When they are just eighteen months old, they begin to attend the nursery class. Although it is for toddlers and there is ample time to play, they also have lessons and spiritual singing times. They attend the regular worship service with their parents and attend their class during the two classes held afterwards. At age three, they start to attend regular classes and are also invited to prepare and give brief sermons, called talks, in the children’s program. Again, this helps them learn and discuss their beliefs. From ages eight to twelve, they attend a children’s group two to four times a month.

Teenagers get a far more extensive program of education. They give at least one sermon a year, lasting about five minutes, to the entire congregation and sometimes teach classes to their peers as well. Besides attending Sunday School and a class for young men or young women on gospel living, they also have a weekly activity where they put what they’ve learned into practice. They have regular service projects, youth conferences, and religious camps.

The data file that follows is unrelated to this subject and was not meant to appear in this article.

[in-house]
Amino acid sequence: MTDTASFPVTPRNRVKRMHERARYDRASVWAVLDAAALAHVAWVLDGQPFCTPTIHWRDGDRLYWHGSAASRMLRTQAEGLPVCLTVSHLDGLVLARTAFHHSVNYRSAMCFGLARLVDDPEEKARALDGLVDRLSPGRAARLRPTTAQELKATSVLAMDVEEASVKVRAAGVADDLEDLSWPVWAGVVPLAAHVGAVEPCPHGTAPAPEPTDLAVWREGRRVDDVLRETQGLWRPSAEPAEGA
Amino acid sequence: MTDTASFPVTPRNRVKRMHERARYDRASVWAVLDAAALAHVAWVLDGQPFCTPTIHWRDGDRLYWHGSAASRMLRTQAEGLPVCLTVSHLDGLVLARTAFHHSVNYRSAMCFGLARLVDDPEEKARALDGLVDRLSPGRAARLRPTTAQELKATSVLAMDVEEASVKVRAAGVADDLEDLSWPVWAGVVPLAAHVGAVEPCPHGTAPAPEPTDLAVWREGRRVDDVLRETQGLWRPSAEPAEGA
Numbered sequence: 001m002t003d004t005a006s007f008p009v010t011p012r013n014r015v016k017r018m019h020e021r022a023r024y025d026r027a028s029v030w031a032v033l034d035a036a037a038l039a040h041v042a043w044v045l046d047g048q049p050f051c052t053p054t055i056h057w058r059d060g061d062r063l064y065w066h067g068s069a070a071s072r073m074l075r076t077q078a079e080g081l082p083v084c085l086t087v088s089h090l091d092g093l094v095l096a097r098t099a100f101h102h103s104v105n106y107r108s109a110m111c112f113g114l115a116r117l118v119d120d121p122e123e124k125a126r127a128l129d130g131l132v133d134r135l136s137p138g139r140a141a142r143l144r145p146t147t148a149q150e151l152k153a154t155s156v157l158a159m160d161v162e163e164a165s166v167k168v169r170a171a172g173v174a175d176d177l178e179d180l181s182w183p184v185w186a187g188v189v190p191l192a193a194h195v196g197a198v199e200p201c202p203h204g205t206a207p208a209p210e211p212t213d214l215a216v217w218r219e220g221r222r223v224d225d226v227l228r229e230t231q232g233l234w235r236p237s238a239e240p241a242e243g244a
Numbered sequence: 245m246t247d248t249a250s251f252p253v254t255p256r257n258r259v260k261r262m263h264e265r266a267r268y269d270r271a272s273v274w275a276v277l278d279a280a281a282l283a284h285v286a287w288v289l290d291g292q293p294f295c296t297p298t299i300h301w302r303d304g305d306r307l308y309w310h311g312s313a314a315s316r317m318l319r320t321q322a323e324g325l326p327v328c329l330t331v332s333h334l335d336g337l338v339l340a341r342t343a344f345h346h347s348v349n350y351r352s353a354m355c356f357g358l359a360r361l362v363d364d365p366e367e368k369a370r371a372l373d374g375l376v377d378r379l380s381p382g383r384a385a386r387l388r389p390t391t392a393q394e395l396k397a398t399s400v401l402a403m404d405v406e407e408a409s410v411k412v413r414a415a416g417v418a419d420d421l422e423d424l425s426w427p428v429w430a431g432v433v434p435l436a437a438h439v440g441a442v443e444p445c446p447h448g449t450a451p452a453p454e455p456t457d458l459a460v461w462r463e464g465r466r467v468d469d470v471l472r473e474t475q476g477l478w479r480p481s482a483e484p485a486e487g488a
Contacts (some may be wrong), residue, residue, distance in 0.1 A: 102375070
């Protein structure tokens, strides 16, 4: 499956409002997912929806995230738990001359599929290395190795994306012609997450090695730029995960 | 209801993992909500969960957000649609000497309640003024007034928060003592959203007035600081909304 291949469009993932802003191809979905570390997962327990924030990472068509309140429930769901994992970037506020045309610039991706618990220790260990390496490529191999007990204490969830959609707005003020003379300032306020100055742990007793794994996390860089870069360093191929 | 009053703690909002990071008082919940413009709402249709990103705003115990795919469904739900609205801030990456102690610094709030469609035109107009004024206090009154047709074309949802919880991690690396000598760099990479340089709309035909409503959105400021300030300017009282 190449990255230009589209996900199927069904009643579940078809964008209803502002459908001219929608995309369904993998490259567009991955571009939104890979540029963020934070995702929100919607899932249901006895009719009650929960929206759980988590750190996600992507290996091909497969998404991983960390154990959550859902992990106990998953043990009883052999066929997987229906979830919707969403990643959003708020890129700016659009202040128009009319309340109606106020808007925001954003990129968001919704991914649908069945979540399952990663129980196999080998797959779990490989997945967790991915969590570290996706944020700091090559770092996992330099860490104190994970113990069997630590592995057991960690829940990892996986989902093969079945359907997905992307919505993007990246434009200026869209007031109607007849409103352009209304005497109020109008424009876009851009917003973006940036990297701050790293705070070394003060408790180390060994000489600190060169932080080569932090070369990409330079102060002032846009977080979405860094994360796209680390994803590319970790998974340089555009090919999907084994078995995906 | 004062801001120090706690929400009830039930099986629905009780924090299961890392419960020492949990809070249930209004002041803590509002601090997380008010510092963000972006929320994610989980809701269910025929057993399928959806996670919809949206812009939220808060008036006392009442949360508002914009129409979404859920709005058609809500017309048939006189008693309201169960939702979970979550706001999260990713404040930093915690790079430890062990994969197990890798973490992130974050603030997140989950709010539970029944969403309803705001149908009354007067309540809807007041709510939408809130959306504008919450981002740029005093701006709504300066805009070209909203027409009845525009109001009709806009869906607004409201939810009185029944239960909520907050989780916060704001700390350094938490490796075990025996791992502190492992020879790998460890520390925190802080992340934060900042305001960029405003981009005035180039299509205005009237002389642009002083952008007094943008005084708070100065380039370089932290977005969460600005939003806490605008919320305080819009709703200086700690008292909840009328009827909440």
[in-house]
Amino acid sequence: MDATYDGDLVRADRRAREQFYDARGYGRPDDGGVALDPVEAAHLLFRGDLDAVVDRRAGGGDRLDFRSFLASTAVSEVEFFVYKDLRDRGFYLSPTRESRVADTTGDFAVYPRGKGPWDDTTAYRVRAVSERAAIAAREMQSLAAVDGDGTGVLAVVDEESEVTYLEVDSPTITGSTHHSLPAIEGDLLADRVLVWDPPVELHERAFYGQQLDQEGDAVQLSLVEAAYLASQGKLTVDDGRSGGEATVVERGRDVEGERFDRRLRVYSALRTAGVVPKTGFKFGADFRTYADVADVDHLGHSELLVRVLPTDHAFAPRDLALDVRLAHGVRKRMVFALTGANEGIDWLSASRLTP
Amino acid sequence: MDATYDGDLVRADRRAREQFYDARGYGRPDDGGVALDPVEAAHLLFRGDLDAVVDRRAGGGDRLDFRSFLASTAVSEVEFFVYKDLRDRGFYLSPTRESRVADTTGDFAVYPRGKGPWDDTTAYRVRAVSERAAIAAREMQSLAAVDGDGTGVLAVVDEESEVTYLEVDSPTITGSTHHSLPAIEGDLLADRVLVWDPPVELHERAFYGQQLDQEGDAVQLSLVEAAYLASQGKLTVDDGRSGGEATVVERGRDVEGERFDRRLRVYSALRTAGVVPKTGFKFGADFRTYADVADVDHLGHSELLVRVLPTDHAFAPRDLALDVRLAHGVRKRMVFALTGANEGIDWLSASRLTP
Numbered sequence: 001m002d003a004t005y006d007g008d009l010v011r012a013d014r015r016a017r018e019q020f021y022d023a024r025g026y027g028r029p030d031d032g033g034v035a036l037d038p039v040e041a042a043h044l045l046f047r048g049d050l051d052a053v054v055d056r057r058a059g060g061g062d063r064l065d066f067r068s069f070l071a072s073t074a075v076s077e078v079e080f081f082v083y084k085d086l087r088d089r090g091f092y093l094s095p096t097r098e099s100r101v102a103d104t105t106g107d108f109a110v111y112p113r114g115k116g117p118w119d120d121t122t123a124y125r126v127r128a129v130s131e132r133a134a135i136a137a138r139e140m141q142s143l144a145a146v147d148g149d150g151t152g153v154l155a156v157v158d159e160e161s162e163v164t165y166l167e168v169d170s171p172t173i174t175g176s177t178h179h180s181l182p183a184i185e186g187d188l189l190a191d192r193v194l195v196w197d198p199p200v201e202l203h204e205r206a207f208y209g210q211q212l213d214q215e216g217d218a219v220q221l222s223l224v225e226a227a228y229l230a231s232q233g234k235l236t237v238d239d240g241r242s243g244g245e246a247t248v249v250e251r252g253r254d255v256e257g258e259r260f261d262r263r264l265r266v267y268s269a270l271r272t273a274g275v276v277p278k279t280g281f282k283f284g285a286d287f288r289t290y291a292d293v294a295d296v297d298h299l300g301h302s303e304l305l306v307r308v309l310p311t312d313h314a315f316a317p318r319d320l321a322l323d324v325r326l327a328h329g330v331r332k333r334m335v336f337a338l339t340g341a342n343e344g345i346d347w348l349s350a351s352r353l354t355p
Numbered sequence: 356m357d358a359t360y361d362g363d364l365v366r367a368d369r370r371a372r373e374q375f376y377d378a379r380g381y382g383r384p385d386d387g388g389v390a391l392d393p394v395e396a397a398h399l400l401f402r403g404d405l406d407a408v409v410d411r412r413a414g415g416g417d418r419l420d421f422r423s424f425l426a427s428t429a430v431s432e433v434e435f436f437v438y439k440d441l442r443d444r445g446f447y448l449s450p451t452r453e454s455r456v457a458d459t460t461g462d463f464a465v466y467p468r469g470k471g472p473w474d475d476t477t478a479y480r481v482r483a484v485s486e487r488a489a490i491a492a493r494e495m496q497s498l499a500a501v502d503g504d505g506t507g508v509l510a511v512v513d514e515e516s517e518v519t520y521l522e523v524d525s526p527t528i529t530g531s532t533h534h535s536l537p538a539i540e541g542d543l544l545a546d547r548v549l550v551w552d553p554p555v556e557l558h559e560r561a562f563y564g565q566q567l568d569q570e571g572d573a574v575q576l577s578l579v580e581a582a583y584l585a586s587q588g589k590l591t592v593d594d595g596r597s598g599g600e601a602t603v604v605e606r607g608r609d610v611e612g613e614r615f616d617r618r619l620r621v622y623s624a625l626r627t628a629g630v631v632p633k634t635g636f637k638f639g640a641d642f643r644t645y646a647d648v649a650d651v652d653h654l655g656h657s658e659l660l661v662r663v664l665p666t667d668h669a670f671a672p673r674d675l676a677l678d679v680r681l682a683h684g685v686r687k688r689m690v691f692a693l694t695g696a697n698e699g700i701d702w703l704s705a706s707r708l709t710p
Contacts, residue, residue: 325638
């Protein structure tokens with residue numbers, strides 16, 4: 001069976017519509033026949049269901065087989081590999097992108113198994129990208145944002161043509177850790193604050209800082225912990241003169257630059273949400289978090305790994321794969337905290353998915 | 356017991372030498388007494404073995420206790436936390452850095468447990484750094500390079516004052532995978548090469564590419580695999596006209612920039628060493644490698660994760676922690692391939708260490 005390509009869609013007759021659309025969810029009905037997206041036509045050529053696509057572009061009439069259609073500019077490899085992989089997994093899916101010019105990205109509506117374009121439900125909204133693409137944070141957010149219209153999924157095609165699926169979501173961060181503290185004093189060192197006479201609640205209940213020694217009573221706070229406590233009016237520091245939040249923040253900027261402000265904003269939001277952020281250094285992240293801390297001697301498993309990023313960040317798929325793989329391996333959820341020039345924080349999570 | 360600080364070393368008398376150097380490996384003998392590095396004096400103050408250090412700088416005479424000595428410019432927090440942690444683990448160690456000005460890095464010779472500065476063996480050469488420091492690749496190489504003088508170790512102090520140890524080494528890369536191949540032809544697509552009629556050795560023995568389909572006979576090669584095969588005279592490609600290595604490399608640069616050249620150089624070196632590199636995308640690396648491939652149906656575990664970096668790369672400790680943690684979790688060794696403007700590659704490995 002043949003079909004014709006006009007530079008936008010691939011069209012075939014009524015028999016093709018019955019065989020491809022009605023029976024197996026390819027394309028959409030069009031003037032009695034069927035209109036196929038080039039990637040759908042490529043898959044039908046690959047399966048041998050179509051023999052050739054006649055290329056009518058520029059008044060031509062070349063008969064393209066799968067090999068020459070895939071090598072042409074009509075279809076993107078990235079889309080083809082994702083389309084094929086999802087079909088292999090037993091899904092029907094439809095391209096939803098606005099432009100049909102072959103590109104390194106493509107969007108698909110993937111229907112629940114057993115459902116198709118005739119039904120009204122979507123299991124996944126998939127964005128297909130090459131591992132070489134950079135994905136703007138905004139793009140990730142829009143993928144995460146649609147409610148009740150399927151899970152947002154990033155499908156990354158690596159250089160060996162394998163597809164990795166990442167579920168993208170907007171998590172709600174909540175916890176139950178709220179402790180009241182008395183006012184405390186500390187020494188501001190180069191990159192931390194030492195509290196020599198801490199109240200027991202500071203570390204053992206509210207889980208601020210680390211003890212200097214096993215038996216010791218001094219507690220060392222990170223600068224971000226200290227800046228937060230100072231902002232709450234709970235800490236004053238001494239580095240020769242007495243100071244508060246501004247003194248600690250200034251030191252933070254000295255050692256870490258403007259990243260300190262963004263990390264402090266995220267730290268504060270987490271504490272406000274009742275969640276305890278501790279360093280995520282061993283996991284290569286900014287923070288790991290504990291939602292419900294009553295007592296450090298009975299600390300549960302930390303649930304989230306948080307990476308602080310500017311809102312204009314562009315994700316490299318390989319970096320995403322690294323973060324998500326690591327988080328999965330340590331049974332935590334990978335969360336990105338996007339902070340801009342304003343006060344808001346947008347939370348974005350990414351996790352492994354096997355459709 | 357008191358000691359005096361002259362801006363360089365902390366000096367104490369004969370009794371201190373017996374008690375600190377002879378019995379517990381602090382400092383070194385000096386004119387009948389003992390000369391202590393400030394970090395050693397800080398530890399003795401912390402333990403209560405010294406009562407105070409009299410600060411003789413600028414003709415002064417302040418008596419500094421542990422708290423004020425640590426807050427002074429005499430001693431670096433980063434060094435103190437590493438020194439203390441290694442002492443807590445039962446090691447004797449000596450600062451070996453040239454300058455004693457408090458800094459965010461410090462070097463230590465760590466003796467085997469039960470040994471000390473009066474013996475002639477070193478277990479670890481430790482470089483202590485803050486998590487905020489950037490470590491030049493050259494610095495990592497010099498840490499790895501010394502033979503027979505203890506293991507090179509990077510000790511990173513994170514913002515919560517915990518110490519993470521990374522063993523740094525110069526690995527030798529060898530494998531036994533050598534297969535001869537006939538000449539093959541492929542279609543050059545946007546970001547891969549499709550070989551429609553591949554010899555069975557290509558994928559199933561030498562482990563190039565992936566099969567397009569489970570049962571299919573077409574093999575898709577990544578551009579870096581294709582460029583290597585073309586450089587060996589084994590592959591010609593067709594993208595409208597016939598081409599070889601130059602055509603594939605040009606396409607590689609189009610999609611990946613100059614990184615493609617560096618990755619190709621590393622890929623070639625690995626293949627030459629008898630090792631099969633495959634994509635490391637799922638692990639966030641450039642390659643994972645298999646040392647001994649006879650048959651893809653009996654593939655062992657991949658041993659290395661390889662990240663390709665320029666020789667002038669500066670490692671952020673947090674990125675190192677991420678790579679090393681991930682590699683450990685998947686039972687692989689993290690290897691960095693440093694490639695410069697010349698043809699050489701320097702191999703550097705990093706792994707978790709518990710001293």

Beginning in high school, teens attend a class that is both spiritual and academic in nature on the scriptures. In this class they learn the scriptures in great depth, since it is held almost every school day, usually very early in the morning. The four year program devotes two years to the Bible, one to the Book of Mormon, and one to church history and modern revelations. They are required to read each of these books of scripture as part of this program, the weeknight program, and Sunday School. Since the classes are not all on the same book at the same time, they usually have several books to read at once.

While they are in college, they attend a similar program that is even more rigorous, both spiritually and academically. Most missionaries will have had several years of this program, known as Institute of Religion, behind them before they begin their missions.